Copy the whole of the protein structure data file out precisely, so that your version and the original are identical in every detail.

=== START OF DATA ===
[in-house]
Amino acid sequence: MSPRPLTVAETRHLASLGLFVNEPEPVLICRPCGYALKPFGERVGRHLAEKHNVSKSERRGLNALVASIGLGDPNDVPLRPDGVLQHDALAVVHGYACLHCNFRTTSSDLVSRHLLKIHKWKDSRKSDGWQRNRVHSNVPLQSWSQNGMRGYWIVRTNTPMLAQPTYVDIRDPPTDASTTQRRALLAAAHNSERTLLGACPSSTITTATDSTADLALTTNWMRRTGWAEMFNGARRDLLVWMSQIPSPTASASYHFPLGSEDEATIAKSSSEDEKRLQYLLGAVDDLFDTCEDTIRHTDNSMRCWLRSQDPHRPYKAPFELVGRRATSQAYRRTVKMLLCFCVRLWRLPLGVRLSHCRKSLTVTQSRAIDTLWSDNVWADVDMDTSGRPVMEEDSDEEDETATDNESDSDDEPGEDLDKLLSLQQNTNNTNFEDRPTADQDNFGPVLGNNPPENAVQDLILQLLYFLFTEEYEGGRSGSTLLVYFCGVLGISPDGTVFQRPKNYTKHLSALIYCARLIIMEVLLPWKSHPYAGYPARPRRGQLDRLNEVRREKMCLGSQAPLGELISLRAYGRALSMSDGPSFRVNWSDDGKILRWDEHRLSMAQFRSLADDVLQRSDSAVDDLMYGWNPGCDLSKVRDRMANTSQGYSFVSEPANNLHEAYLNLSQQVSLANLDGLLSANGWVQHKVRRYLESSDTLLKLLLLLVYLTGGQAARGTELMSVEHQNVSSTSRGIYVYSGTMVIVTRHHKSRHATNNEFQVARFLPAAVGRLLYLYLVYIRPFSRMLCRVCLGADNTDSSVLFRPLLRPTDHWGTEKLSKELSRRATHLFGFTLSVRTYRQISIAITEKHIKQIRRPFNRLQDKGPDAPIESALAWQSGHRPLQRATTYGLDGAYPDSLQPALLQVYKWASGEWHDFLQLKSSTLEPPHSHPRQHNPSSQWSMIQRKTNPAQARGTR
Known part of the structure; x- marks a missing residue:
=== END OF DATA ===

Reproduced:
[in-house]
Amino acid sequence: MSPRPLTVAETRHLASLGLFVNEPEPVLICRPCGYALKPFGERVGRHLAEKHNVSKSERRGLNALVASIGLGDPNDVPLRPDGVLQHDALAVVHGYACLHCNFRTTSSDLVSRHLLKIHKWKDSRKSDGWQRNRVHSNVPLQSWSQNGMRGYWIVRTNTPMLAQPTYVDIRDPPTDASTTQRRALLAAAHNSERTLLGACPSSTITTATDSTADLALTTNWMRRTGWAEMFNGARRDLLVWMSQIPSPTASASYHFPLGSEDEATIAKSSSEDEKRLQYLLGAVDDLFDTCEDTIRHTDNSMRCWLRSQDPHRPYKAPFELVGRRATSQAYRRTVKMLLCFCVRLWRLPLGVRLSHCRKSLTVTQSRAIDTLWSDNVWADVDMDTSGRPVMEEDSDEEDETATDNESDSDDEPGEDLDKLLSLQQNTNNTNFEDRPTADQDNFGPVLGNNPPENAVQDLILQLLYFLFTEEYEGGRSGSTLLVYFCGVLGISPDGTVFQRPKNYTKHLSALIYCARLIIMEVLLPWKSHPYAGYPARPRRGQLDRLNEVRREKMCLGSQAPLGELISLRAYGRALSMSDGPSFRVNWSDDGKILRWDEHRLSMAQFRSLADDVLQRSDSAVDDLMYGWNPGCDLSKVRDRMANTSQGYSFVSEPANNLHEAYLNLSQQVSLANLDGLLSANGWVQHKVRRYLESSDTLLKLLLLLVYLTGGQAARGTELMSVEHQNVSSTSRGIYVYSGTMVIVTRHHKSRHATNNEFQVARFLPAAVGRLLYLYLVYIRPFSRMLCRVCLGADNTDSSVLFRPLLRPTDHWGTEKLSKELSRRATHLFGFTLSVRTYRQISIAITEKHIKQIRRPFNRLQDKGPDAPIESALAWQSGHRPLQRATTYGLDGAYPDSLQPALLQVYKWASGEWHDFLQLKSSTLEPPHSHPRQHNPSSQWSMIQRKTNPAQARGTR
Known part of the structure; x- marks a missing residue: